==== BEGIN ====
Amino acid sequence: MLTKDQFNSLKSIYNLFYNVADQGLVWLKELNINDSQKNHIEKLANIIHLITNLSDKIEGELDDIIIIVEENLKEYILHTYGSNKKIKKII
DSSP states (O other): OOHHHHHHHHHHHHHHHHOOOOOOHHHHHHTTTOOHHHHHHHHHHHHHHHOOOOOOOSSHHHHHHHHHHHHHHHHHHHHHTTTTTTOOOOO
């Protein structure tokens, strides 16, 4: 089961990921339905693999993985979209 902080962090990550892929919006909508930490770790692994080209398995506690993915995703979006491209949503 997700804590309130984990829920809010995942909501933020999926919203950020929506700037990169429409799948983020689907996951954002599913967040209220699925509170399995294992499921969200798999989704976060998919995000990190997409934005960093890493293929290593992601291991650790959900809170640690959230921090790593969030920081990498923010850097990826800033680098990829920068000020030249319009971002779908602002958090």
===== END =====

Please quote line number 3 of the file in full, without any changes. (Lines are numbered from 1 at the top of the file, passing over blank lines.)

């Protein structure tokens, strides 16, 4: 089961990921339905693999993985979209 902080962090990550892929919006909508930490770790692994080209398995506690993915995703979006491209949503 997700804590309130984990829920809010995942909501933020999926919203950020929506700037990169429409799948983020689907996951954002599913967040209220699925509170399995294992499921969200798999989704976060998919995000990190997409934005960093890493293929290593992601291991650790959900809170640690959230921090790593969030920081990498923010850097990826800033680098990829920068000020030249319009971002779908602002958090």